I Thought Music Could Be My Escape, but it has encouraged me to resist more.
Ever since the 2016 election started, mass media has been flooded with negativity and vitriol, and that dark cloud has affected anyone that hasn’t been living under a rock. Many people try to escape the real world by doing something distracting, like checking their Facebook feed, or binge watching their favorite shows. But when the political cloud started raining down “fake news” and hate-filled tweets, and the shows we looked to for comedic relief became less funny than the actual election, where could people turn to escape? For me, it was a simple matter of putting my headphones on and getting lost in the music.
I didn’t think music could push me to being more political, but ever since I listened to the Hamilton soundtrack for the umpteenth time, I fully realized how much music can make an impact on society and culture. When politicians annoy the average person, we may take to Facebook or Twitter, or put a sign on our lawns and get on with our lives. When politicians make the mistake of upsetting an artist, they may end up upsetting the entire fan base that comes with them. America caught just a glimpse of how musicians and other artists can get involved in politics when Senator Bernie Sanders brought his rallies, led by rapper Killa Mike, to areas that were not typical campaign stops. Or when artists like Queen, The Rolling Stones, and Adele had to send letters to Donald Trump to stop using their songs at his rallies because they didn’t agree with his rhetoric. When artists tried to flex their popularity to sway voters one way or the other, I became more interested in the influence that the election had on the music instead of the influence the artists had on the polls. While some artists tried to use the climate and events to make their music reflective of cultural values, or just ride the wave to sell records, there are musicians that are trying to give back to the community and become part of the resistance.
As someone opposed to the current administration and trying to find a way to help threatened programs such as the National Endowment for the Arts or Planned Parenthood survive during the next four years, I have sought out alternative ways to help through music and will provide links to them here if you feel inclined to do the same.
30 days, 30 Songs started as a project to get Americans out voting and prevent a Trump presidency, and has evolved to become an expanding list of songs to provide a soundtrack to the resistance. Created by Author Dave Eggers and Indie Music Executive Jordan Kurland, the website will be adding a new song everyday during the first 1000 days of the new administration. All streaming profits and donations will be donated to The Center for Popular Democracy, a foundation that “works to create equity, opportunity and a dynamic democracy in partnership with high-impact base-building organizations, organizing alliances, and progressive unions.” The playlist features a multitude of artists from wide-ranging genres. I learned about this project after watching the video for Death Cab for Cutie’s song “Million Dollar Loan”.
Similar to 30 Days, 30 Songs, this project is releasing new songs during the first 100 days of the presidency. For a minimum contribution of $30, donors can get unlimited streaming access to all of the songs while supporting programs that fight for equal rights and treatment like the ACLU, The People’s Climate Movement, All Above All, and Southerners On New Ground. These organizations help to protect LGBTQ communities, unrepresented minorities, and Climate Change advocates from losing vital support and government influence. Typically artists are trying to sell their music for personal gain and profit, but this formula flips the script by letting community members support worthy charities and public programs while getting something in return.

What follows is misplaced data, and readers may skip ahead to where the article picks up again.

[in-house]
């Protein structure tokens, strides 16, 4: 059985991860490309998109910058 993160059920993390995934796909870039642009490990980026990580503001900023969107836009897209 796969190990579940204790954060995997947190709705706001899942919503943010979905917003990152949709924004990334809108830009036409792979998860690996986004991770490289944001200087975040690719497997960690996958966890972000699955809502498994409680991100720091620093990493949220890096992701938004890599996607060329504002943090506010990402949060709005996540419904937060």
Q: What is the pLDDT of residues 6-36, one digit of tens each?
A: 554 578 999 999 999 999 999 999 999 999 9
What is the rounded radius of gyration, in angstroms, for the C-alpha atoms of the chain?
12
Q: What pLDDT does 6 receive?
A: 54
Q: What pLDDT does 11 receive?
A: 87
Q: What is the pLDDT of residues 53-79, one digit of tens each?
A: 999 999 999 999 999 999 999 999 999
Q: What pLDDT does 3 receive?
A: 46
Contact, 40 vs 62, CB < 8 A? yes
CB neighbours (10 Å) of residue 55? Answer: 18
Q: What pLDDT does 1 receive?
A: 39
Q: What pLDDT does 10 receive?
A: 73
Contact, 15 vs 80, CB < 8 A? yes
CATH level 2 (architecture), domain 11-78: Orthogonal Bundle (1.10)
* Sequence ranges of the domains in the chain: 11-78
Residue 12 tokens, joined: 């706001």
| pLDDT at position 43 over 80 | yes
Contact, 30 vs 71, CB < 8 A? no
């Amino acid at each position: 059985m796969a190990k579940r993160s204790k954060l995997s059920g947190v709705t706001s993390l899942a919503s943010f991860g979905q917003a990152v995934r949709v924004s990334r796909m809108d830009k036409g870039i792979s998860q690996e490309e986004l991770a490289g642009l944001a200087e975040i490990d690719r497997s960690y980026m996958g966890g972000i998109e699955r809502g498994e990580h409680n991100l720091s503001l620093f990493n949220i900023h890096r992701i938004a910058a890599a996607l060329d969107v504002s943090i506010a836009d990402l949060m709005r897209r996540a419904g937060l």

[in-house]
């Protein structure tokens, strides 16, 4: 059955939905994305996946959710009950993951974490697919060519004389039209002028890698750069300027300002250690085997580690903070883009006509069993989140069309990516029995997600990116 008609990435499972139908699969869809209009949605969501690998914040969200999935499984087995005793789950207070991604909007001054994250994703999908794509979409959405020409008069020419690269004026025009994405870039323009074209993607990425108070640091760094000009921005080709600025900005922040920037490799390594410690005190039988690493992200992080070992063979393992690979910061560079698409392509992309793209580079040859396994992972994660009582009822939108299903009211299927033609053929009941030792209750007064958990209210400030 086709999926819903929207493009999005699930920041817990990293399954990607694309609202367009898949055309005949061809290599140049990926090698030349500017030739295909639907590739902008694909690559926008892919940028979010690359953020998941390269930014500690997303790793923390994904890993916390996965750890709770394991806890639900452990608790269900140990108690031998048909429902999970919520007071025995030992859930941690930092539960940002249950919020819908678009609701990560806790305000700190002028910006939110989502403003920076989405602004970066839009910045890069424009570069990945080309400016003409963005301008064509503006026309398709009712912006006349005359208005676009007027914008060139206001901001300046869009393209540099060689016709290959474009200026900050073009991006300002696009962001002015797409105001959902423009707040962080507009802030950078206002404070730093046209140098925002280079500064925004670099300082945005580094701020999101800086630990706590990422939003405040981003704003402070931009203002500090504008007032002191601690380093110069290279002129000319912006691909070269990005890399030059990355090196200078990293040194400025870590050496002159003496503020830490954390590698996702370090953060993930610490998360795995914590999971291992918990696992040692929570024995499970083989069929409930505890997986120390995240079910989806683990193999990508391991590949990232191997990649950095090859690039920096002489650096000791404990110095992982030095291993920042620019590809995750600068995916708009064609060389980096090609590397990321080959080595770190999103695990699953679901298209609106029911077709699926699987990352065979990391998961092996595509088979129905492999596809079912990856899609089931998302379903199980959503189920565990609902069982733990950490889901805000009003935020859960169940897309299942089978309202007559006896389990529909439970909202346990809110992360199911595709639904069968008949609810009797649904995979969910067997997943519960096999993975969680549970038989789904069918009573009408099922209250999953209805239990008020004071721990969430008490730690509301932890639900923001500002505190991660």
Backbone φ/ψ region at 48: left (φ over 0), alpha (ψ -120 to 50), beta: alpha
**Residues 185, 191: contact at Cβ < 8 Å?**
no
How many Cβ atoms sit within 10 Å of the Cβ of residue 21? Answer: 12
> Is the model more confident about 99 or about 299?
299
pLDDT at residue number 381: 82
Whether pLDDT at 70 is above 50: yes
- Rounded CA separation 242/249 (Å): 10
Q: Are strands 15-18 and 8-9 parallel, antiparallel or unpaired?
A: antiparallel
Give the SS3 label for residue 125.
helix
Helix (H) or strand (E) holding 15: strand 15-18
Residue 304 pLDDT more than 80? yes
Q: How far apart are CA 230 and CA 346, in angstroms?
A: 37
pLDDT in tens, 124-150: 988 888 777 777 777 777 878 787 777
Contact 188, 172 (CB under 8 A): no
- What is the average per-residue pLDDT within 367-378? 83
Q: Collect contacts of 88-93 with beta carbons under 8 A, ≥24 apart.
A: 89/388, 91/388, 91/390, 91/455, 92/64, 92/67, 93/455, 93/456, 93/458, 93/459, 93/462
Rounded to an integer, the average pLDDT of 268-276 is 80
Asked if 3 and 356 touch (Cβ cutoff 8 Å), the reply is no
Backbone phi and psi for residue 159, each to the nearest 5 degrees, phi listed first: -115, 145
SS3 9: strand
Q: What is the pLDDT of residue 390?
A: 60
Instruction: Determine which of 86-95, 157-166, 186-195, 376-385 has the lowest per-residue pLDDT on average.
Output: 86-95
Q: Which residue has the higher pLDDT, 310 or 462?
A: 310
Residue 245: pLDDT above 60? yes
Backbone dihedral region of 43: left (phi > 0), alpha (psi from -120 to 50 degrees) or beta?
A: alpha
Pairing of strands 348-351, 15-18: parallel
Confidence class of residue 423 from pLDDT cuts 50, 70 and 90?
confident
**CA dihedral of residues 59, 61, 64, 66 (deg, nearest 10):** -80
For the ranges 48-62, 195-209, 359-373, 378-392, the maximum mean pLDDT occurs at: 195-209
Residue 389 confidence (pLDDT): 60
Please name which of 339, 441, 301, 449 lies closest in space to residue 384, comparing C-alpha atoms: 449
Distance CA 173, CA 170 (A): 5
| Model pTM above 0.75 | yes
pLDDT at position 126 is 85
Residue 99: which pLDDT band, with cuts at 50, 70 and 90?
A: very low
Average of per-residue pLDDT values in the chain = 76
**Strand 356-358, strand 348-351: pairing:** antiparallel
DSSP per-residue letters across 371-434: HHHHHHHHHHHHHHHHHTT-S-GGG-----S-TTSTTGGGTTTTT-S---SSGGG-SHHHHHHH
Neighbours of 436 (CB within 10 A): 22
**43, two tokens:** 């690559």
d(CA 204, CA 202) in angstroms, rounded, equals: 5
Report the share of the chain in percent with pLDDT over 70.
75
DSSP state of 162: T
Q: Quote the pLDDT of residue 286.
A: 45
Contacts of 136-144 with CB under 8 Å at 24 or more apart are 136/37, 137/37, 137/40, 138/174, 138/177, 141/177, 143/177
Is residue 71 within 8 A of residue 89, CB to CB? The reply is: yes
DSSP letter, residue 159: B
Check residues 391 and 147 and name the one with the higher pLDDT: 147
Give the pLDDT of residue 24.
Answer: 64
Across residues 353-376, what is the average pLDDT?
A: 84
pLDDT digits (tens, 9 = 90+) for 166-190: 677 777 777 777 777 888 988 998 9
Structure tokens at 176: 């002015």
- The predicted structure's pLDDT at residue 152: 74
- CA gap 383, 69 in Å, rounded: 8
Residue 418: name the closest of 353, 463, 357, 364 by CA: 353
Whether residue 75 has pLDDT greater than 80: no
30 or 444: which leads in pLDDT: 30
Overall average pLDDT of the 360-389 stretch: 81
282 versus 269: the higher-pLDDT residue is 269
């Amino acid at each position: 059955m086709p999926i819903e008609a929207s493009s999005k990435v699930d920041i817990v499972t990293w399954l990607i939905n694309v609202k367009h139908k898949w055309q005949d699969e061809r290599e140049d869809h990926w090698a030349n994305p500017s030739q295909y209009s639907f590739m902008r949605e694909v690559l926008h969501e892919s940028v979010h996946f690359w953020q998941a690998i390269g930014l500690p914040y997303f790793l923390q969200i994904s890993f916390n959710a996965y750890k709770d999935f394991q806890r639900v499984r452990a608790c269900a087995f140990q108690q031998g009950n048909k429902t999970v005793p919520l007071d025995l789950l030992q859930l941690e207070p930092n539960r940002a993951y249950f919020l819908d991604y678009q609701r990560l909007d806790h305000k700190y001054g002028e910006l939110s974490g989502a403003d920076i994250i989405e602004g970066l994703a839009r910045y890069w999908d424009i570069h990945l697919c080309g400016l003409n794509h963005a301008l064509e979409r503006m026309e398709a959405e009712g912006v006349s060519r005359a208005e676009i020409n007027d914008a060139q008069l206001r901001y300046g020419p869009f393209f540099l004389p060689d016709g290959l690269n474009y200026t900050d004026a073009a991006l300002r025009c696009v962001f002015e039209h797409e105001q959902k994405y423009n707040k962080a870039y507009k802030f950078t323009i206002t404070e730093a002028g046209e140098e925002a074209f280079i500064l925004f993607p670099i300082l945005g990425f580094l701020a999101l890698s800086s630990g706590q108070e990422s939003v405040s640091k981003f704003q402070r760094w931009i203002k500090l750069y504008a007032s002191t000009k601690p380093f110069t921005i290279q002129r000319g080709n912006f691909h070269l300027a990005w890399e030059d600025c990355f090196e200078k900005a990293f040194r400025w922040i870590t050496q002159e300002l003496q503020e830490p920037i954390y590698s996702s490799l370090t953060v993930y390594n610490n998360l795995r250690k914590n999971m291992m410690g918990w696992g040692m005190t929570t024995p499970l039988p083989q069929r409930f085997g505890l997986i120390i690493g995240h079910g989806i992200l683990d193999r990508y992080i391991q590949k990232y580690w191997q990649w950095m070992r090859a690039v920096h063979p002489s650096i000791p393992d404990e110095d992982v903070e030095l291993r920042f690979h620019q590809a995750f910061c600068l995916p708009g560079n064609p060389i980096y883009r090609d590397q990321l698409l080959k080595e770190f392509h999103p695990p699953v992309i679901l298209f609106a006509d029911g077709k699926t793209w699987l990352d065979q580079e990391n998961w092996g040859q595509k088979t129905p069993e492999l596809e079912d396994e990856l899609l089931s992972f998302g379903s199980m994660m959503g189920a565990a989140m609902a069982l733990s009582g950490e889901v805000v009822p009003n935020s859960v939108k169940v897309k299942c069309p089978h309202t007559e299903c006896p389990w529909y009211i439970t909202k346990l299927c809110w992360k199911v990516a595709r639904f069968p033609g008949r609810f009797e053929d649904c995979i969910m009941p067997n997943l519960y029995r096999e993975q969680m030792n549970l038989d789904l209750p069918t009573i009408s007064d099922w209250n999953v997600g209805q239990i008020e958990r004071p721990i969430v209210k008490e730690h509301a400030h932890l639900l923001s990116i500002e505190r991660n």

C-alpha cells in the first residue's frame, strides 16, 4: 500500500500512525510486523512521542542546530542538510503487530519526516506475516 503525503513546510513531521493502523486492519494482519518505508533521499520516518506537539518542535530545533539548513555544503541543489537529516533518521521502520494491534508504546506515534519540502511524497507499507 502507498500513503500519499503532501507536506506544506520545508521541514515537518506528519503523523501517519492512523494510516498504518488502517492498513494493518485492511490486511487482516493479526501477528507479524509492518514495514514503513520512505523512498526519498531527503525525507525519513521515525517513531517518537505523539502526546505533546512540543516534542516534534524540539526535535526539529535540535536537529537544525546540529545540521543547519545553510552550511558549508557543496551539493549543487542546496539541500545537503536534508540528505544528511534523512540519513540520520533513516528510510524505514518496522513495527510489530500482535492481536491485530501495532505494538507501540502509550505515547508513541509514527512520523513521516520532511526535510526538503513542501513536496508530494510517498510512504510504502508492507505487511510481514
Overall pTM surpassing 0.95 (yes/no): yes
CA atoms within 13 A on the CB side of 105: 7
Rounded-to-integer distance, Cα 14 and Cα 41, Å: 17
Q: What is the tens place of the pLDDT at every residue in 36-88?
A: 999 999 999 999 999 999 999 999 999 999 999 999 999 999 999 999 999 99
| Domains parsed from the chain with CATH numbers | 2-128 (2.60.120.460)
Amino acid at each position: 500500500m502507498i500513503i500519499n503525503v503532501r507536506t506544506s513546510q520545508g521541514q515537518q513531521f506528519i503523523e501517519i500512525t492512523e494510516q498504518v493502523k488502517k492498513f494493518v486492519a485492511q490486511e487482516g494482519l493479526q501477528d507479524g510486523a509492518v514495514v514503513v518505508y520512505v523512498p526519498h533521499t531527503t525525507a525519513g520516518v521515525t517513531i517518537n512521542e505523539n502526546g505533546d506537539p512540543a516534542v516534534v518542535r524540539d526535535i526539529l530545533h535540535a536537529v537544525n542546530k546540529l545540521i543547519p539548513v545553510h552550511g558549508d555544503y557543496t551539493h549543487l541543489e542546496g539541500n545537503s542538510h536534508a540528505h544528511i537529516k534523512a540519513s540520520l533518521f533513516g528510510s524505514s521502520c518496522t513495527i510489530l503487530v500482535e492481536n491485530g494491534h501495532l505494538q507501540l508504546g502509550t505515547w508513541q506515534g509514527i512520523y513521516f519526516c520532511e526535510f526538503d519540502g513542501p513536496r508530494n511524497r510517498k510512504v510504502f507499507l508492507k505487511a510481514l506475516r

One of my favorite pieces of music that came from the election chaos was inspired by the imagined thoughts that President Obama was having during the final days of the campaign. The words were written by Sara Bareilles and performed by Leslie Odom, Jr. of Hamilton fame. The lyrics dig deeper into the question that many people may have had about the thought of Donald Trump being the Republican nominee: “Seriously?”
To me, the most powerful piece of music was inspired by the Women’s March that took place across the country on January 21st, 2017, only a day after the inauguration of Donald Trump. A group of women got together in Washington D.C. to sing “Quiet”, written by MILCK, about the artist’s experiences with sexual assault. Sung a cappella, this haunting song captures the raw emotion that the march was based around. It became the unofficial anthem of the March and has become a viral phenomenon.
While many people are inclined to try and tune out all of the negativity that is stemming from the political turmoil, I would suggest that they look to this music as a reminder that out of bad situations, good things can happen. I myself am a singer and husband to a music teacher, and I have found music to be more cathartic than just about any other activity. The Trump administration have already proposed measures that would defund the Endowments for Arts and Humanities, as well as the Center for Public Broadcasting, all of which supplies grants and support for a number of visual and performing artists.
I wish to share with you a powerful performance in a style that I hold dear; Barbershop Harmony. This is “Bridge Over Troubled Water” performed by the Westminster Chorus from Southern California. To me, it speaks to the helping hand we can lend to anyone or anything in need, and I listen to it anytime I need a little encouragement. I urge everyone to find ways to support organizations that may need help due to the new policies being enacted. The more organized and motivated we are to see change, the faster that change will come to be.